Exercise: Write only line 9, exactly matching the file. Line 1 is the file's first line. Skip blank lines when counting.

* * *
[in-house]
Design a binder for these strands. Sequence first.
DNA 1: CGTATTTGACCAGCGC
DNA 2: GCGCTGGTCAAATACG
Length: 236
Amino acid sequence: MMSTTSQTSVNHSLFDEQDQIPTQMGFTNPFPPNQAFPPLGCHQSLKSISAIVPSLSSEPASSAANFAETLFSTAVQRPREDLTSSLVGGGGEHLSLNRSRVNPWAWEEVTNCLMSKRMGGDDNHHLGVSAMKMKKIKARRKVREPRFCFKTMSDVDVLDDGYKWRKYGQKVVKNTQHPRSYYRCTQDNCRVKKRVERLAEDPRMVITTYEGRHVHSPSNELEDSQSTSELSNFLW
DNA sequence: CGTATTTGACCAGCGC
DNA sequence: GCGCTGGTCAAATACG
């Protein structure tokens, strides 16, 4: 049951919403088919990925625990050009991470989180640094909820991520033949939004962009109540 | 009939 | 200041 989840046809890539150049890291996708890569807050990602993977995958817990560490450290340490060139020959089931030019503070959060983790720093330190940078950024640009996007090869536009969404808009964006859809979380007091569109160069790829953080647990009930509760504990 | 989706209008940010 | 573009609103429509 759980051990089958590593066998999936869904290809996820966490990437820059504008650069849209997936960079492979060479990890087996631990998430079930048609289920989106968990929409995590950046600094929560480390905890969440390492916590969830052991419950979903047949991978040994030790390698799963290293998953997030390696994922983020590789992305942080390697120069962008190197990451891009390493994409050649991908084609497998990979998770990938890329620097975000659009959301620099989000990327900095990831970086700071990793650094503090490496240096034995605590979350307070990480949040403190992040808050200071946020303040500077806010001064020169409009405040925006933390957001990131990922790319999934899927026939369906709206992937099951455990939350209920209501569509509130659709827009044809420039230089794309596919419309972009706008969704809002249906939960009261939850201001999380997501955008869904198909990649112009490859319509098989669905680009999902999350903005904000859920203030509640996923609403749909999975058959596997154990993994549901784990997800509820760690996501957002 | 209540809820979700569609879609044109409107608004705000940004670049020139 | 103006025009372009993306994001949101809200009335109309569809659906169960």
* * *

């Protein structure tokens, strides 16, 4: 049951919403088919990925625990050009991470989180640094909820991520033949939004962009109540 | 009939 | 200041 989840046809890539150049890291996708890569807050990602993977995958817990560490450290340490060139020959089931030019503070959060983790720093330190940078950024640009996007090869536009969404808009964006859809979380007091569109160069790829953080647990009930509760504990 | 989706209008940010 | 573009609103429509 759980051990089958590593066998999936869904290809996820966490990437820059504008650069849209997936960079492979060479990890087996631990998430079930048609289920989106968990929409995590950046600094929560480390905890969440390492916590969830052991419950979903047949991978040994030790390698799963290293998953997030390696994922983020590789992305942080390697120069962008190197990451891009390493994409050649991908084609497998990979998770990938890329620097975000659009959301620099989000990327900095990831970086700071990793650094503090490496240096034995605590979350307070990480949040403190992040808050200071946020303040500077806010001064020169409009405040925006933390957001990131990922790319999934899927026939369906709206992937099951455990939350209920209501569509509130659709827009044809420039230089794309596919419309972009706008969704809002249906939960009261939850201001999380997501955008869904198909990649112009490859319509098989669905680009999902999350903005904000859920203030509640996923609403749909999975058959596997154990993994549901784990997800509820760690996501957002 | 209540809820979700569609879609044109409107608004705000940004670049020139 | 103006025009372009993306994001949101809200009335109309569809659906169960």